By Daniel Hunter

Nearly three quarters (74%) of consumers are excited by the prospect of a new product launch, but just 28% end up remembering them, according to new research.

Marketing agency Five by Five found that half of consumers have even waited in line to buy a new product (Apple fans, we're looking at you!) — with men more likely to do so than women.

Overall, 21% have stood in line to buy new technology (up to 26% among men), one in ten (10% - up to 15% of men) have actually waited in line to buy a new game, 18% to see a new movie and 15% for a new book. Around one in eight women (13%) have also waited in a queue to buy newly-launched cosmetics.

The consumer technology sector was actually ranked first for building anticipation when it comes to launching something new (32% said it was best), followed by the video games industry and then the TV/movies sector.

Perhaps unsurprisingly, Apple (see!) was the brand most people named as creating product launches that stuck in the memory — particularly the iPhone and iPad.

Websites were also seen as a key element of a new product launch with over half (51%) of consumers wanting to see online offers and/or competitions, while 38% want video content and 35% want behind-the-scenes information.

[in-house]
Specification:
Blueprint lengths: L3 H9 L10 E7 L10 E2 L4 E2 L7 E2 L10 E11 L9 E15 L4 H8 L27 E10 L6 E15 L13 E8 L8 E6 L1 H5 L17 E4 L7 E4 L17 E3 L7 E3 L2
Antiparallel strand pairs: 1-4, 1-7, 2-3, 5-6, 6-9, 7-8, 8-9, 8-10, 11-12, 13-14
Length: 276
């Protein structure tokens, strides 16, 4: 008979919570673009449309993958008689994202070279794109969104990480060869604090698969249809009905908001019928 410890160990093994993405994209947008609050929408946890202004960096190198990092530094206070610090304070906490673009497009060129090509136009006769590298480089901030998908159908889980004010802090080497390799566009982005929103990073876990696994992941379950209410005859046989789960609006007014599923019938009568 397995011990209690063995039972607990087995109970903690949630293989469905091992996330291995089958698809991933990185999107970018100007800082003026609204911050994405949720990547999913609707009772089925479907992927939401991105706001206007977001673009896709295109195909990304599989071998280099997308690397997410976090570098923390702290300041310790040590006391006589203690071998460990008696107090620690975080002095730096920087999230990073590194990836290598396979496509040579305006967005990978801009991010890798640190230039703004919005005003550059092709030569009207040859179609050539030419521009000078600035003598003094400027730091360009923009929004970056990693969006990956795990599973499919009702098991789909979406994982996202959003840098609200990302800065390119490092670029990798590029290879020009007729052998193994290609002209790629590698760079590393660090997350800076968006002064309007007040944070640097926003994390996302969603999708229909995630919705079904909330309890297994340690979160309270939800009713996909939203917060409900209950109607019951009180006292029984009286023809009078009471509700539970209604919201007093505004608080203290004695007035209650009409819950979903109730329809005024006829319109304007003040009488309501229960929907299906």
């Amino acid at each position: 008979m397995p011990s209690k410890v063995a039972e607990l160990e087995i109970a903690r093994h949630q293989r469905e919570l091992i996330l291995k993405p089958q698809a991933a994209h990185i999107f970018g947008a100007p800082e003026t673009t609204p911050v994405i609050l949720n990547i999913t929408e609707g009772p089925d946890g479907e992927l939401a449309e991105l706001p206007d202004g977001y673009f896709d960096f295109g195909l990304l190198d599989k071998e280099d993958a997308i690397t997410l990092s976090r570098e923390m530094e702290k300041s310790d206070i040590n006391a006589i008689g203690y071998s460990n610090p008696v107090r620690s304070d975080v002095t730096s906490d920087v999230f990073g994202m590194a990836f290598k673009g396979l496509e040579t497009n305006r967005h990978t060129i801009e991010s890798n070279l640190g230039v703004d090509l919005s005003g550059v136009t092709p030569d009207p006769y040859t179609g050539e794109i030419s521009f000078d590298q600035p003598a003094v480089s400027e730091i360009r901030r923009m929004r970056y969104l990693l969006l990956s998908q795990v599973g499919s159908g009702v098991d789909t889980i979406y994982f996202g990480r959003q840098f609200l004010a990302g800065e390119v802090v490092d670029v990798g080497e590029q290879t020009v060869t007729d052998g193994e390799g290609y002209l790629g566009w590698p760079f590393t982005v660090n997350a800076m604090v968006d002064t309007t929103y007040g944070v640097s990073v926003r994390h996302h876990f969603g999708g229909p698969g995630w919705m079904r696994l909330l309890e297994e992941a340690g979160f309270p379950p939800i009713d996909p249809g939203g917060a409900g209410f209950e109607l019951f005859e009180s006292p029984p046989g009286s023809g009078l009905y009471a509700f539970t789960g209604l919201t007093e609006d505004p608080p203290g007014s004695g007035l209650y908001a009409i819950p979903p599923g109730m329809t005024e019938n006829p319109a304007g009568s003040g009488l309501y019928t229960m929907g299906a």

One in eight consumers (12%) has attended a launch event, but over a quarter (27%) of those people weren’t impressed by the event they visited.

It also found that people tend to favour the rational over the emotional when considering a new product: 72% went for whether or not they need it rather than how it made them feel, with women more likely than men to favour the rational approach.

In addition, half (50%) of consumers said the desire to try something new was the main reason they tried new products, followed by special offers/promotions and seeing that the product is innovative. Three out of ten (29%) have even pre-ordered a new item to get it as early as possible.

Jo White, managing director at Five by Five, said: “The appetite for new products and services is clear for all to see and a great launch should be the springboard for success. However, the fact that so few have been truly memorable shows there’s a huge opportunity for brands in this area.”

The research also revealed that around a quarter of consumers (28%) like seeing re-launches of old or discontinued brands, but around one in ten (9%) think those re-launches aren’t done well. One in five (21%) even see them as cynical attempts to cash in on nostalgia.

And interestingly, social media was not seen as a priority by consumers when it comes to new launches: only 4% base their buying decision for new items on social buzz and only 9% want websites for new products to contain content they can share online.

White continues: “Launches can be highly stressful, terrifying, exciting and wonderful. The best ones have a unifying golden thread, tell a meaningful story and are highly co-ordinated.

Consumers want to see new services and items on the shelf, which puts the onus on marketers and brands to make sure they arrive with a bang and not a whimper.”

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